How to Design an all-digital modulator with an RF output? |

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17.04.2019 09:05:03 - A software-defined radio (SDR) terminal promotes programmable realizations of the physical layer functionalities.

( - A software-defined radio (SDR) terminal promotes programmable realizations of the physical layer functionalities. A lot of research work has been done in applying DSPs and FPGAs to implement the baseband functionalities of the physical layer.

An SDR is defined as a radio in which the digitization is performed at some stage downstream from the antenna. Then the radio can use flexible


and reconfigurable functional blocks to implement the DSP algorithms. As technology advances, the digitization might be at, or very close to the antenna, such that almost all the radio functionalities are realized through software using a high-speed, reprogrammable DSP engine.

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Current radios combine analog and digital building blocks. The RF functions are most likely being implemented using analog circuits, while the baseband functions are more suitable for DSP implementations. A digital front end (DFE) is often used to bridge between the RF and baseband processing. The DFEs are normally capable of processing signals with frequencies at about tens of megahertz, often called digital intermediate frequencies (IF). Hence, significant analog blocks remain between the RF and digital IF.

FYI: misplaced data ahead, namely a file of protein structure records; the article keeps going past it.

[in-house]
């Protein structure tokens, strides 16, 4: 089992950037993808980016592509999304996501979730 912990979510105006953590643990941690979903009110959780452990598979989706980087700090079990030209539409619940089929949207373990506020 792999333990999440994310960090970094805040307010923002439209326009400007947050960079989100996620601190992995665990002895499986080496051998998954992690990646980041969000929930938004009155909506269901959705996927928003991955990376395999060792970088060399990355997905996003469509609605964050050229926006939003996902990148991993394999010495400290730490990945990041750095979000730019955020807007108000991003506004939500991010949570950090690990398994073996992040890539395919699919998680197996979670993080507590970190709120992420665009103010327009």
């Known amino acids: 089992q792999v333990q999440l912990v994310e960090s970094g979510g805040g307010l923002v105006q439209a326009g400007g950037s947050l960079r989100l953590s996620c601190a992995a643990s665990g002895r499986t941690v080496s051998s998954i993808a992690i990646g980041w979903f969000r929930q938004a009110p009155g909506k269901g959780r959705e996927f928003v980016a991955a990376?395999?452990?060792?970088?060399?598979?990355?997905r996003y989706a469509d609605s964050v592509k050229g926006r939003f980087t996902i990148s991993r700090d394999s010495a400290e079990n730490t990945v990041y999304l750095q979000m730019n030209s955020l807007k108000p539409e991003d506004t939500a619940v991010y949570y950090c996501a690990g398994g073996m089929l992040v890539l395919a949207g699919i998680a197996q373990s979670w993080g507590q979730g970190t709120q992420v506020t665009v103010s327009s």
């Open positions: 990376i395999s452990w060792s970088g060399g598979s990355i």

Digital RF transceivers can extend the software defined functions into radio frequencies. The key advantages of all digital transmitters are high-efficiency power amplification; digitally combining signals from multiple channels; and software programmability or re-configurability.

Using an all-digital transmitter, the entire transmitter can be realized using a DSP or FPGA, which can take advantage of the increasing performance of CMOS technology. Besides its compatibility with SDR, DSP-based RF systems can be made to compensate for the RF channel's impairments. Therefore, digital signal generation directly at radio frequency has drawn a lot of interests among researchers and engineers.

One of the more traditional methods uses band-pass delta-sigma modulation to generate binary signals at radio frequency. Binary signaling can be used with switch-mode power amplifiers (PAs) to achieve higher efficiency compared to other PA technologies ((Fig. 1). The drawback of this architecture is that the band-pass delta-sigma (BPDS) modulator runs at four times the center frequency, which can be several gigahertz. To accommodate such high frequency operation, custom ICs must be carefully designed, which lack re-programmability.

1. This digital transmitter uses BPDS.

Another method uses pulse width modulation (PWM) to digitally synthesize binary RF signals. PWM was long ago introduced as an analog modulation, but has gained popularity recently, especially in the digital audio amplification applications. Class D audio PAs, driven by PWM audio signals, can achieve efficiency above 90%. Delta-sigma type modulation can also be used in digital PWM, but operates at a lower frequency compared with the BPDS method. However, the delta-sigma loop tends to be more complicated compared to BPDS because of the low over-sampling ratio and the non-linearity associated with PWM.